Resist the Temptation to Overspend for a Home

Have you found the home of your dreams but are overwhelmed by the price tag? This is a no-win situation that challenges even the most patient, resourceful homebuyer, and perhaps for good reason.

Finding the perfect home may take days, weeks, months or years. And if you discover a residence that meets all of your needs but falls outside your budget, you’re likely to be tempted to overspend to acquire this residence.

However, you’ll want to take a step back and think carefully about your decision, and those who weigh the short- and long-term ramifications of their decision ultimately will be able to make the right choice.

Furthermore, you should consider the following factors as you try to resist the urge to overspend on a house:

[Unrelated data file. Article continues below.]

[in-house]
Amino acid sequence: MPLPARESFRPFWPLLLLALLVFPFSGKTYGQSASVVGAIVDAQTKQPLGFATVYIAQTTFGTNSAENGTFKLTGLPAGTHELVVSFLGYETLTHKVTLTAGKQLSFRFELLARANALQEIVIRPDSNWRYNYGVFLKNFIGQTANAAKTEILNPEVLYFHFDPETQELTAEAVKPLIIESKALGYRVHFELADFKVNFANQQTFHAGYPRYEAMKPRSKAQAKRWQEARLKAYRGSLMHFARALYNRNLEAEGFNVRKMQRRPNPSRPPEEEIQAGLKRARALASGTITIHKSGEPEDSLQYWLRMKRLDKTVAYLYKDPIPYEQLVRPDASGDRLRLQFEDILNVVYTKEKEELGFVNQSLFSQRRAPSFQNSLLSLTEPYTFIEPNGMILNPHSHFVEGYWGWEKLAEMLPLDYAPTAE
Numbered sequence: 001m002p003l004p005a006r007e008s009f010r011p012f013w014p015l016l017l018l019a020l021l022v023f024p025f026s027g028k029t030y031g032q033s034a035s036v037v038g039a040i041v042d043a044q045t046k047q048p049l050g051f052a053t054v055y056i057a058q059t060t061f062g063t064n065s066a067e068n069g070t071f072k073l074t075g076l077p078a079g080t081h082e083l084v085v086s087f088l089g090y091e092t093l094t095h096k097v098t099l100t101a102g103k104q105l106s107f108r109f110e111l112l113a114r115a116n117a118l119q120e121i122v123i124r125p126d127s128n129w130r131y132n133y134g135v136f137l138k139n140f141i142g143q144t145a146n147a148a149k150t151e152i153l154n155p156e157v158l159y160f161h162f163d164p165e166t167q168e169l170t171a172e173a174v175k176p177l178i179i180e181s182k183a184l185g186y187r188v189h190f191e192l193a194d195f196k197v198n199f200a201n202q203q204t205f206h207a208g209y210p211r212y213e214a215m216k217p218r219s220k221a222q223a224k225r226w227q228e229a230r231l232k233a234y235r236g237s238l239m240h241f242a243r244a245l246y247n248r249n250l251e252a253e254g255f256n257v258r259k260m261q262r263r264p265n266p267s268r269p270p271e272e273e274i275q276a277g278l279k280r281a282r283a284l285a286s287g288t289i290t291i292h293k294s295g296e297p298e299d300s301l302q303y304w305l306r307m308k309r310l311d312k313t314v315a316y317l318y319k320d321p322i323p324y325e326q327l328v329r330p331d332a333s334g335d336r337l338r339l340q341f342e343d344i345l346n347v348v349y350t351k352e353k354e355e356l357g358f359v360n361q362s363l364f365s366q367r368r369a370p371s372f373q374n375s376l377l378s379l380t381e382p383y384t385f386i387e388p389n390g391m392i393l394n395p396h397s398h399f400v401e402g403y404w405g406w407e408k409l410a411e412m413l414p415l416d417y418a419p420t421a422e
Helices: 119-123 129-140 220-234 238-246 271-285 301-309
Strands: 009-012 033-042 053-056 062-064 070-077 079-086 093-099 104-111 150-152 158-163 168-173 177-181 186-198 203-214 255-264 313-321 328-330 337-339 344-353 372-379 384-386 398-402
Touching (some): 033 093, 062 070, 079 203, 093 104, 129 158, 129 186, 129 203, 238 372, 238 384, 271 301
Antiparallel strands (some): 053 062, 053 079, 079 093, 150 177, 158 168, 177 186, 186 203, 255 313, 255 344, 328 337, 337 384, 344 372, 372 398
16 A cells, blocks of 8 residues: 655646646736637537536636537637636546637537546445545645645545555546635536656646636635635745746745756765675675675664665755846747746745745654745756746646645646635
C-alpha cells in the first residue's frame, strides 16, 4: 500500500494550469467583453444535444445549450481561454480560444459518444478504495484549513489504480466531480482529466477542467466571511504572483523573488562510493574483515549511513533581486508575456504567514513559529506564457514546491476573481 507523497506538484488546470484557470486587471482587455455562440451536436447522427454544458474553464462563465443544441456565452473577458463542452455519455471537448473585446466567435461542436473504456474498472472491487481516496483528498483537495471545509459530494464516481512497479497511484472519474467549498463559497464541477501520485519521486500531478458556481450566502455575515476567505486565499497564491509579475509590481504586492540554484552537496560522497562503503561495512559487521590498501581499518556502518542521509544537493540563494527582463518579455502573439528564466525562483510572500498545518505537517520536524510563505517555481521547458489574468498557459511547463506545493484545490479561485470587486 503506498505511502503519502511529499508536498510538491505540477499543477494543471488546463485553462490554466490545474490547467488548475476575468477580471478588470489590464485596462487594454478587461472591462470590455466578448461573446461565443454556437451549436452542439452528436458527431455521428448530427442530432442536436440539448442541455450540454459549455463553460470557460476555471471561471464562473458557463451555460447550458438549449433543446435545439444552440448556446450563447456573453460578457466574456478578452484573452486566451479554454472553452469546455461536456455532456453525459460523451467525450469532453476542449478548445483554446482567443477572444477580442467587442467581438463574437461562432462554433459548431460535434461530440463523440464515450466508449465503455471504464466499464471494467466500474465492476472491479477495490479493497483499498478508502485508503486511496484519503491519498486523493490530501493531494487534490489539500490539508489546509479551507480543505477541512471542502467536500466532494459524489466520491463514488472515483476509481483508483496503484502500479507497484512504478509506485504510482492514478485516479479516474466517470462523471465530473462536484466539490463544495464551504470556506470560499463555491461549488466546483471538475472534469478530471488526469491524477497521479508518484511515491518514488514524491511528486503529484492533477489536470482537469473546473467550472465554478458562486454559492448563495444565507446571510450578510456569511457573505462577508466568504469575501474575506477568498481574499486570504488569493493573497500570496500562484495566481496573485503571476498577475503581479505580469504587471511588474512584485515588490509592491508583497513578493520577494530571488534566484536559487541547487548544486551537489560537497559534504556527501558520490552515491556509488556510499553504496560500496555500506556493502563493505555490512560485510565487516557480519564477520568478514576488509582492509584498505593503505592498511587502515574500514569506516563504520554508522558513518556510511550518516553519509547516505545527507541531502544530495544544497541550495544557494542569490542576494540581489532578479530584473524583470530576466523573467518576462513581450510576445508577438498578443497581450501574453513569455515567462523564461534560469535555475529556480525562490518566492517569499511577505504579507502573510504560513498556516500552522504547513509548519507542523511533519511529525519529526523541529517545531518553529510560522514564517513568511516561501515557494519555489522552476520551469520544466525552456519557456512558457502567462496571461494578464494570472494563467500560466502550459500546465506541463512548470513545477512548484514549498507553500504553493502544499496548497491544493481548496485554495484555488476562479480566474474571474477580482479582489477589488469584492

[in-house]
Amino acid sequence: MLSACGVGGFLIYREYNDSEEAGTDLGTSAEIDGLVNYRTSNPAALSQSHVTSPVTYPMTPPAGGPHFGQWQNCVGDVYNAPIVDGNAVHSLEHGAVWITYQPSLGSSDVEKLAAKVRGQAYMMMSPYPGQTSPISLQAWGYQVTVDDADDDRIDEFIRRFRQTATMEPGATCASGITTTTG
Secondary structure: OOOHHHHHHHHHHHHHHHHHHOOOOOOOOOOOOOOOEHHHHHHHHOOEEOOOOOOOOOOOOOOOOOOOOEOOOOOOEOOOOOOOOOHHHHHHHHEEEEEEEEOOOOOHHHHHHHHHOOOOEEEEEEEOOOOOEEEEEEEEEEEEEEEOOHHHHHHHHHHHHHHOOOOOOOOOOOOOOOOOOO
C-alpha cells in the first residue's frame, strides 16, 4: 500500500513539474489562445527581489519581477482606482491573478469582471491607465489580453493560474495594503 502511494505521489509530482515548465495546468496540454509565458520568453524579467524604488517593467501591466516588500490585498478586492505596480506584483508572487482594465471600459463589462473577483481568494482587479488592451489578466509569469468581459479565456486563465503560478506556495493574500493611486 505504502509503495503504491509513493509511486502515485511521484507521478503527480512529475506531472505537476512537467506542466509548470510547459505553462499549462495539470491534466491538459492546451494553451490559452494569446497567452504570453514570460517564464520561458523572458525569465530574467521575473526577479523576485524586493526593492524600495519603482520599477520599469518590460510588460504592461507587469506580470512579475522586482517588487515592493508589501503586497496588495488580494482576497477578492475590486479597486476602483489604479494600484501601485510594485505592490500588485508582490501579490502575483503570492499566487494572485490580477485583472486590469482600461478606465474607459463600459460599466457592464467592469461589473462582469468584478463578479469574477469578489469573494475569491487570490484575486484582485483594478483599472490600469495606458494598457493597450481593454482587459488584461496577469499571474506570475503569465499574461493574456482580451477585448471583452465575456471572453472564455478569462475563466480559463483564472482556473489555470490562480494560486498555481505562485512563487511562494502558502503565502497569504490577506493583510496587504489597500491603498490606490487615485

1. Your monthly mortgage payments

Although you may be able to handle a higher monthly mortgage payment in the short-term, you’ll want to think about your long-term plans before you finalize your purchase.

For example, do you plan to raise children? Or do you anticipate a career change over the next few years? You’ll want to consider any plans that could impact your budget and determine whether you’re ready to handle your monthly mortgage payments both now and in the future.

2. The quality of the home

Although your dream home likely is of the highest quality, you’ll want to ensure this residence won’t require any immediate improvements.

The quality of the home will dictate whether this residence will require substantial short- and long-term maintenance and repairs. And if you find there are many home improvement projects that may need to be completed soon, you may be better off considering other homes on the real estate market.

3. Your wants and needs

Ideally, you’ll want to find a home that fulfills all of your wants and needs instantly. But in today’s highly competitive real estate market, only a fraction of houses may come close to meeting all of your demands.